Mayo Clinic scientists have developed a computational model that predicts brain age using a large collection of neuroimaging data obtained using FDG-PET (fluorodeoxyglucose positron emission tomography) and structural MRI (magnetic resonance imaging). The deep learning-based model tests the relationship between brain age gaps in various forms of dementia, including mild cognitive impairment (MCI), Alzheimer’s disease (AD), frontotemporal dementia (FTD), and Lewy body dementia (LBD), as well as in normal brains.
Senior author of the study, David Jones, MD, an assistant professor of neurology and radiology at Mayo Clinic said, “We are building artificial intelligence (AI) capabilities in the department of neurology at Mayo Clinic. We have also been focused on normal aging in the context of Alzheimer’s disease and related disorders for decades. This project is part of these larger efforts to improve the care and understanding of these conditions using artificial intelligence models.”
Earlier studies have established that structural and functional changes occur in the brain as it ages and that these changes accelerate in neurodegenerative diseases.
In the new study the authors noted, “We developed the 3D-DenseNet models, trained on structural or metabolic brain images, which accurately estimated an individual’s brain age during normal aging.” The study was published in the journal Nature Aging (“Deep learning-based brain age prediction in normal aging and dementia”).
“Here we investigate the biomarker potential of deep learning-based brain age predictions as it relates to other biomarkers of Alzheimer’s disease and its ability to predict future cognitive decline. These types of investigations are also very informative in terms of the underlying neurobiology of aging and its relationship to degenerative diseases of brain function,” said Jones.
To interpret the models, the researchers performed occlusion analysis. Occlusion denotes structures blocked by others on an image and affects how a deep learning model segments a structure in an image.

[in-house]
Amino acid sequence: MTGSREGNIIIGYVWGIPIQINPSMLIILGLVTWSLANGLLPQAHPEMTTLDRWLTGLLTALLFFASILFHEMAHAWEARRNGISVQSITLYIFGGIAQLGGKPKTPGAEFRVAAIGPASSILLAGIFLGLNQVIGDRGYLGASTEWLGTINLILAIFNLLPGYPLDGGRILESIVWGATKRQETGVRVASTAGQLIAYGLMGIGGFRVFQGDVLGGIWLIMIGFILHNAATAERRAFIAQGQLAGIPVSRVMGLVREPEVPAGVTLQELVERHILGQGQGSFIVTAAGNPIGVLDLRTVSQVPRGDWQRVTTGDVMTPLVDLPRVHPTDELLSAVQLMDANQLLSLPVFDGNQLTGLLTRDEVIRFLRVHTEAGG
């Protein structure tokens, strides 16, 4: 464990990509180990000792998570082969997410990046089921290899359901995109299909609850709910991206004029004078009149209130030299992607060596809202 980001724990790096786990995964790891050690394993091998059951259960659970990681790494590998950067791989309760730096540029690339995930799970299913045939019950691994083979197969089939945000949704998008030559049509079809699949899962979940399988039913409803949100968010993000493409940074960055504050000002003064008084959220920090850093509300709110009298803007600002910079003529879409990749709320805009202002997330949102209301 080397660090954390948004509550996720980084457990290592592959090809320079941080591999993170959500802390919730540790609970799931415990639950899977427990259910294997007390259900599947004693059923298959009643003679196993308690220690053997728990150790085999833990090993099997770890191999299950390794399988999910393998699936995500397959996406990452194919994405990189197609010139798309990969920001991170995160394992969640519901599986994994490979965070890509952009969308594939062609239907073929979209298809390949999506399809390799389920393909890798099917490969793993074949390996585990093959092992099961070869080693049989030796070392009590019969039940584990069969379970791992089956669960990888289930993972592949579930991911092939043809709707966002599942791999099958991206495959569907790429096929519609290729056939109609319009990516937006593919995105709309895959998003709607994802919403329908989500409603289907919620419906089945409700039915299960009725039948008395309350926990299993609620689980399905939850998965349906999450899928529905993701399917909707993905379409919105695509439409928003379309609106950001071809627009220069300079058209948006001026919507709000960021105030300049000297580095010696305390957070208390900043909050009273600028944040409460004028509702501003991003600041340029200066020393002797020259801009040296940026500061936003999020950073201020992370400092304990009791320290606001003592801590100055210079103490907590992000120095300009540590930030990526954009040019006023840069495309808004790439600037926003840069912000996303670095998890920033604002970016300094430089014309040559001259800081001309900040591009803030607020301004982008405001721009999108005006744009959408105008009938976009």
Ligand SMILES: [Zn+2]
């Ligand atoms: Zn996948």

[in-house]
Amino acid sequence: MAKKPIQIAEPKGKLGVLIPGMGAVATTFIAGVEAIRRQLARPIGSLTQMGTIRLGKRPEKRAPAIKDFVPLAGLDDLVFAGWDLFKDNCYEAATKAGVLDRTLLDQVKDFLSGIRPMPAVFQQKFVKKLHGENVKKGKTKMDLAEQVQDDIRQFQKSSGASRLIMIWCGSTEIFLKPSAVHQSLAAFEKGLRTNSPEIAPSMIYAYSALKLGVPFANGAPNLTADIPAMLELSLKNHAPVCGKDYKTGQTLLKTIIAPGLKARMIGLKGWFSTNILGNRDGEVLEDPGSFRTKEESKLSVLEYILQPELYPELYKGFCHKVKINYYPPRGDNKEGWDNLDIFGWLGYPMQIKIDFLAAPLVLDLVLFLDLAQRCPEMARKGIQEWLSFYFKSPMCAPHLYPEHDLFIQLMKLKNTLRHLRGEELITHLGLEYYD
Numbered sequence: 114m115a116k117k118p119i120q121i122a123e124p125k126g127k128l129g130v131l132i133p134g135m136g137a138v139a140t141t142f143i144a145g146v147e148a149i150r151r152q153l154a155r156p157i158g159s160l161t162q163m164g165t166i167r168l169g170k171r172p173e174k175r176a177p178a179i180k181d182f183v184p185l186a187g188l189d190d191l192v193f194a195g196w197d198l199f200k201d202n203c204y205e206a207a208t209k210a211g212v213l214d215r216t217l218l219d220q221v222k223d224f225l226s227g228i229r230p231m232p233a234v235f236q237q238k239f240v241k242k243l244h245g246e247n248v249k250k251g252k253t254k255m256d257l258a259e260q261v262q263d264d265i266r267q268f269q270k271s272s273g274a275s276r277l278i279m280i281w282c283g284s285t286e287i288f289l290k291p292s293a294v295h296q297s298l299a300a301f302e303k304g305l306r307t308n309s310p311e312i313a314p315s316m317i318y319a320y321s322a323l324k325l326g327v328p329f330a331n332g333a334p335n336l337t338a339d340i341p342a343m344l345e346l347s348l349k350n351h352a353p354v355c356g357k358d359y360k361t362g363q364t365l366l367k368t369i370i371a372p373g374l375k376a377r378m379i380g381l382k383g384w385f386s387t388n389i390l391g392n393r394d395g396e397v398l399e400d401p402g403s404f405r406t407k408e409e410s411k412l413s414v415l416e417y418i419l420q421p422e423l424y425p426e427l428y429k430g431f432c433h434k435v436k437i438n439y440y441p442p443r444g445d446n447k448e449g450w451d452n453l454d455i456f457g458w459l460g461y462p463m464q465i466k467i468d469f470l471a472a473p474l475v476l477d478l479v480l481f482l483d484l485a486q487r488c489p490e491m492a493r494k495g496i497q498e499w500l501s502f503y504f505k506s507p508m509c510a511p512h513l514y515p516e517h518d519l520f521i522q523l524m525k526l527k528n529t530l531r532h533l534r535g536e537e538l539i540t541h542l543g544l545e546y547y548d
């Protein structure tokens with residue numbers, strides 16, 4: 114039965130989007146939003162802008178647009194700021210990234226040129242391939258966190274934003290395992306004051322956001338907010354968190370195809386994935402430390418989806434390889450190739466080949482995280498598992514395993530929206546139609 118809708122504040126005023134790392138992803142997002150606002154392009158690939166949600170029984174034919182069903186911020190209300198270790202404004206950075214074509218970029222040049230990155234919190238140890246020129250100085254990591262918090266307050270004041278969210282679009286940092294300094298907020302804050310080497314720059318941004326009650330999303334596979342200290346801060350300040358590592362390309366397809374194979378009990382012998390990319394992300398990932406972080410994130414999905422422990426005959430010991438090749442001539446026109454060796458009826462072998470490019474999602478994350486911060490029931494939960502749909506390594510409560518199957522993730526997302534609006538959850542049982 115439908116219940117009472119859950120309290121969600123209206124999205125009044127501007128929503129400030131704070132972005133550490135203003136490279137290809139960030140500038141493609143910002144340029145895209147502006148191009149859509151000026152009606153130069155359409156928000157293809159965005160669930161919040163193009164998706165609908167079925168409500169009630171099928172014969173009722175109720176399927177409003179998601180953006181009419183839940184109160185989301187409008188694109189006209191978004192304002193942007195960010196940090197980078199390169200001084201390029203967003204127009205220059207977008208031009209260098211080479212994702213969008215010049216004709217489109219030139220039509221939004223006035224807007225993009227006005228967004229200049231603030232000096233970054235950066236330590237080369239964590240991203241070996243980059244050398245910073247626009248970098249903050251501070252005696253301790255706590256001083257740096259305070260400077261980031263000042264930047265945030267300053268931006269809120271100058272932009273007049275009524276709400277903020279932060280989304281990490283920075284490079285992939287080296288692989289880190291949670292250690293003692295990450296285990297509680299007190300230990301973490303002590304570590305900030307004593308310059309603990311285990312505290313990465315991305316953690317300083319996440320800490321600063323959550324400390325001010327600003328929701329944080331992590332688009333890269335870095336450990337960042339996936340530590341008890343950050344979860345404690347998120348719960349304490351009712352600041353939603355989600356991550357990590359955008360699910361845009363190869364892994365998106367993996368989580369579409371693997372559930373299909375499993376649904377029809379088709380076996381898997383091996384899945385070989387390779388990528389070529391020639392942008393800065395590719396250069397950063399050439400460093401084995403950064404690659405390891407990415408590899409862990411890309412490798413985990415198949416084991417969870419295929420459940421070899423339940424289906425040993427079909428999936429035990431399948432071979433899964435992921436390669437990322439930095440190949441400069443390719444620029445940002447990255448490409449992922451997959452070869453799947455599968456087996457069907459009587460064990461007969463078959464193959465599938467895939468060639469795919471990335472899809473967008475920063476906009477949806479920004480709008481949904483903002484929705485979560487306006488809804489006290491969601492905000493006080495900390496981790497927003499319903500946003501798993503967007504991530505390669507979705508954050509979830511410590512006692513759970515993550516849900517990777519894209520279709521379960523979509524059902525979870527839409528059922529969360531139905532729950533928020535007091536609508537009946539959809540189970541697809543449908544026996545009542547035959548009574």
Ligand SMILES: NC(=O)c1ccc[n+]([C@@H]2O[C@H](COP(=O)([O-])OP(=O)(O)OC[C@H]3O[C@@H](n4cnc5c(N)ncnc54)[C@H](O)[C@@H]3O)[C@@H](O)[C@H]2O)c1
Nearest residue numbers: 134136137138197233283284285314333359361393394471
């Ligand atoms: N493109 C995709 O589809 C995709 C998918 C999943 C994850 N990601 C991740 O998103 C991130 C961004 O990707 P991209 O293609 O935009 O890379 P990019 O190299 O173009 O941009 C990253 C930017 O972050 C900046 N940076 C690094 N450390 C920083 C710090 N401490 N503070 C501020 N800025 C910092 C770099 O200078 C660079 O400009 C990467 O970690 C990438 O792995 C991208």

“The occlusion analysis attempts to determine how important a region of the brain image is for making an accurate prediction by comparing the prediction with that portion of the imaging included versus the same prediction when the model is not provided the information from that region of the brain,” explained Jones.
“In simple terms, we see how badly the model breaks when we hide information from a portion of the brain. The more the model breaks when we hide information from a particular brain region, the more important that information is for the model’s performance,” he added.
To train the AI model system to predict brain age, the investigators first trained the system on healthy aging trajectories through neuroimaging data from 30 to 97-year-old normal participants. Using occlusion analysis, the team then showed that training the models on the imaging data led the models to learn patterns of brain aging based on the age of the individual and the specificity of the modality.
The team also studied age- and modality-specific saliency maps using occlusion sensitivity analysis for each age group, where higher saliency denotes the region’s importance in estimating brain age.
Jones explained, “Using interpretability experiments we demonstrate that the patterns of brain aging appear anatomically different for images of glucose metabolism as compared to structural imaging with MRI. This advances understanding of the biology of aging and Alzheimer’s disease from the unique perspectives of brain structure and function.”
The investigators found that the increase in the gap of brain age correlated highly with cognitive impairment and the AD biomarkers. A higher gap of brain age also revealed a longitudinal predictive characteristic in all types of dementia examined, although, interestingly, the regions of the brain that generated the differences in brain age, were different for each group of dementia patients.
“The ability for deep learning to accurately predict age based on brain imaging data has been known for some time. However, looking at brain age gap or the difference between predicted and actual age, has been thought to have the potential to be utilized as a biomarker. Others have argued that such a brain age gap is only able to mark treatment-level biological differences and is unable to track changes in state and therefore should not be interpreted as accelerated brain aging,” Jones said. “The main finding of our study is that we could indeed find evidence that high brain age gap is behaving as an accelerated brain aging biomarker.”
Using readouts of brain metabolism from FDG PET scans as inputs for the deep learning model to predict the brain age is a novel approach adopted in this study. In addition, the demonstration that brain metabolic markers are related to established AD biomarkers and predictive of cognitive decline is a novel finding.
In follow-up projects, Jones and his team intend to conduct validation and testing of these methods across diverse clinical and imaging samples in the clinical workflow so that brain age prediction through this AI system can be integrated into the suite of tools used to evaluate patients at Mayo Clinic.